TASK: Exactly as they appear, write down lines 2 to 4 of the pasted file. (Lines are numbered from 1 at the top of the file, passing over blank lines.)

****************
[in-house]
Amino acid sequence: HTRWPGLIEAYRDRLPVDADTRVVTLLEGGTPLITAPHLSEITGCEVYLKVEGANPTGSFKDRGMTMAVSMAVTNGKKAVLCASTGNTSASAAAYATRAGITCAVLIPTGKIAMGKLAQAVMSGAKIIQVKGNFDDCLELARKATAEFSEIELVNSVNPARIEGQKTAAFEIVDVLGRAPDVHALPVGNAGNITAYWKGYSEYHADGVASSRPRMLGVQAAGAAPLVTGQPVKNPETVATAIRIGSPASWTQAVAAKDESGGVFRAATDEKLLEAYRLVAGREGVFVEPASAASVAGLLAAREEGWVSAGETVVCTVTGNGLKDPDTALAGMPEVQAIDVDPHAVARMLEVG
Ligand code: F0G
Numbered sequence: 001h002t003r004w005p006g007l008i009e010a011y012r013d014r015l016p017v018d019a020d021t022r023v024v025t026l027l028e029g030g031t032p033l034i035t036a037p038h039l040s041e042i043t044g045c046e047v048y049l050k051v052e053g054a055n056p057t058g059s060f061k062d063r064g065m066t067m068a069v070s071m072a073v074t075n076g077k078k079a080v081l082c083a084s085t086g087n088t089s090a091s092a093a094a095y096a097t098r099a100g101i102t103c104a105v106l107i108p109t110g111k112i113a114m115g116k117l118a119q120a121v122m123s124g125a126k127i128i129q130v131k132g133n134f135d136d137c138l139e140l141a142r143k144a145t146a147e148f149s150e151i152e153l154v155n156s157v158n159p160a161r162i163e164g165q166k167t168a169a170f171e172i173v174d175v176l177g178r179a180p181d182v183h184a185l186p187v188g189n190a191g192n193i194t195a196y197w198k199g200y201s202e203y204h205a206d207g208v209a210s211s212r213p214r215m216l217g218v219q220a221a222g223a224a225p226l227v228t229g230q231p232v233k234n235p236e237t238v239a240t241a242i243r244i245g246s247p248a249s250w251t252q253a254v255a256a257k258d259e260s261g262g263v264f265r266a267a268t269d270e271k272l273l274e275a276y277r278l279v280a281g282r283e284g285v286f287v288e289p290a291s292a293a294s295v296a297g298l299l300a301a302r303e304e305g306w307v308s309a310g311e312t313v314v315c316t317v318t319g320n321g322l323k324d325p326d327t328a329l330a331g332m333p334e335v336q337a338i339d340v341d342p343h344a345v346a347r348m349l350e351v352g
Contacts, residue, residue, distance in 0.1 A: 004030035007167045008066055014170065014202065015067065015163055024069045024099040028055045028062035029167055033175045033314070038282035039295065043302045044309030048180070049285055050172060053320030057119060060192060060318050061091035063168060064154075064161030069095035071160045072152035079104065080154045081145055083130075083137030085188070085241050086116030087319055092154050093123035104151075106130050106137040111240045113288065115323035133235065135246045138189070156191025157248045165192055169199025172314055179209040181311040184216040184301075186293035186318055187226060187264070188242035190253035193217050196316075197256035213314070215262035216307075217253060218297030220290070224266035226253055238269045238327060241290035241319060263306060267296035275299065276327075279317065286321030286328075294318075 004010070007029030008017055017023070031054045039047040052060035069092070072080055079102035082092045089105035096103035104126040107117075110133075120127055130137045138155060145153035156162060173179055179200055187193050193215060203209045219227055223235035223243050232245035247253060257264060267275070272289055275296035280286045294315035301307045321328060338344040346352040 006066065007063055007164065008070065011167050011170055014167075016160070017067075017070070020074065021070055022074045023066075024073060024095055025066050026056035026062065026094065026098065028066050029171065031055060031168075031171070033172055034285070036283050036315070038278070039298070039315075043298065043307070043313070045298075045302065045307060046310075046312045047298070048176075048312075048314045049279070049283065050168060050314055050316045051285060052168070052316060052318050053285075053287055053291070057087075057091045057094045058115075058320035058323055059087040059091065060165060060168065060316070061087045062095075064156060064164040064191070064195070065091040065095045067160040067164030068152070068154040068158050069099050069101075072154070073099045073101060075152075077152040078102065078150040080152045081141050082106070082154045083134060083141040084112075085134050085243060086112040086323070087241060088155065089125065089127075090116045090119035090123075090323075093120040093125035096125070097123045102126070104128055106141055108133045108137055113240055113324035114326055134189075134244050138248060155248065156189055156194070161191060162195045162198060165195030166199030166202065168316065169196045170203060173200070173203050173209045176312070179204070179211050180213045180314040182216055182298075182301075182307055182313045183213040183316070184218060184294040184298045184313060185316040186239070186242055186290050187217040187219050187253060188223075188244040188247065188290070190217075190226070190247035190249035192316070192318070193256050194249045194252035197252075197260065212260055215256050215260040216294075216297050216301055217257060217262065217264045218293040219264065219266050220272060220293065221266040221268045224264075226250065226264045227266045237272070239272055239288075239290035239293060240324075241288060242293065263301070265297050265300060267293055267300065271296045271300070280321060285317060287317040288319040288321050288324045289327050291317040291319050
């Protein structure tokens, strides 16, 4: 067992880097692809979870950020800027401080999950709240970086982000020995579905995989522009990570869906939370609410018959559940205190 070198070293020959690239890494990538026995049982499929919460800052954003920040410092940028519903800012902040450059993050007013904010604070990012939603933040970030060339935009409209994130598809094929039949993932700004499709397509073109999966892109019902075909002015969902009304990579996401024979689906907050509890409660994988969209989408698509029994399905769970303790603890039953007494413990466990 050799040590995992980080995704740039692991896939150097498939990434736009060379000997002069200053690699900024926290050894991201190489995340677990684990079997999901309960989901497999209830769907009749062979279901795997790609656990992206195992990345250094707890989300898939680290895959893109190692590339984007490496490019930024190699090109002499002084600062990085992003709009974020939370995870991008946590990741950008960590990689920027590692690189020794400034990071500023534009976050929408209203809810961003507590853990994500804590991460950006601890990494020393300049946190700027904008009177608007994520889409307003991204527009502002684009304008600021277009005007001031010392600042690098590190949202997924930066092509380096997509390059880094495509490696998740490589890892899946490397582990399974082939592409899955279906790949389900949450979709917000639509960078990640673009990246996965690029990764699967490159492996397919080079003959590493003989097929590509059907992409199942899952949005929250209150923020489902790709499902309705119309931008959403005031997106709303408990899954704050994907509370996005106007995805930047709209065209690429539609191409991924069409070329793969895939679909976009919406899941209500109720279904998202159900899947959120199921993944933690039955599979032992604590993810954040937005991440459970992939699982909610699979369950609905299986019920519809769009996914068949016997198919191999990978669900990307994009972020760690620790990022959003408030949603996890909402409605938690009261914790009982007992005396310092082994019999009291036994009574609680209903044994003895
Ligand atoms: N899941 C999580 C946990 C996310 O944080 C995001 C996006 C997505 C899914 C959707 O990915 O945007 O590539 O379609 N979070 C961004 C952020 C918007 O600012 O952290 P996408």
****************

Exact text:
Amino acid sequence: HTRWPGLIEAYRDRLPVDADTRVVTLLEGGTPLITAPHLSEITGCEVYLKVEGANPTGSFKDRGMTMAVSMAVTNGKKAVLCASTGNTSASAAAYATRAGITCAVLIPTGKIAMGKLAQAVMSGAKIIQVKGNFDDCLELARKATAEFSEIELVNSVNPARIEGQKTAAFEIVDVLGRAPDVHALPVGNAGNITAYWKGYSEYHADGVASSRPRMLGVQAAGAAPLVTGQPVKNPETVATAIRIGSPASWTQAVAAKDESGGVFRAATDEKLLEAYRLVAGREGVFVEPASAASVAGLLAAREEGWVSAGETVVCTVTGNGLKDPDTALAGMPEVQAIDVDPHAVARMLEVG
Ligand code: F0G
Numbered sequence: 001h002t003r004w005p006g007l008i009e010a011y012r013d014r015l016p017v018d019a020d021t022r023v024v025t026l027l028e029g030g031t032p033l034i035t036a037p038h039l040s041e042i043t044g045c046e047v048y049l050k051v052e053g054a055n056p057t058g059s060f061k062d063r064g065m066t067m068a069v070s071m072a073v074t075n076g077k078k079a080v081l082c083a084s085t086g087n088t089s090a091s092a093a094a095y096a097t098r099a100g101i102t103c104a105v106l107i108p109t110g111k112i113a114m115g116k117l118a119q120a121v122m123s124g125a126k127i128i129q130v131k132g133n134f135d136d137c138l139e140l141a142r143k144a145t146a147e148f149s150e151i152e153l154v155n156s157v158n159p160a161r162i163e164g165q166k167t168a169a170f171e172i173v174d175v176l177g178r179a180p181d182v183h184a185l186p187v188g189n190a191g192n193i194t195a196y197w198k199g200y201s202e203y204h205a206d207g208v209a210s211s212r213p214r215m216l217g218v219q220a221a222g223a224a225p226l227v228t229g230q231p232v233k234n235p236e237t238v239a240t241a242i243r244i245g246s247p248a249s250w251t252q253a254v255a256a257k258d259e260s261g262g263v264f265r266a267a268t269d270e271k272l273l274e275a276y277r278l279v280a281g282r283e284g285v286f287v288e289p290a291s292a293a294s295v296a297g298l299l300a301a302r303e304e305g306w307v308s309a310g311e312t313v314v315c316t317v318t319g320n321g322l323k324d325p326d327t328a329l330a331g332m333p334e335v336q337a338i339d340v341d342p343h344a345v346a347r348m349l350e351v352g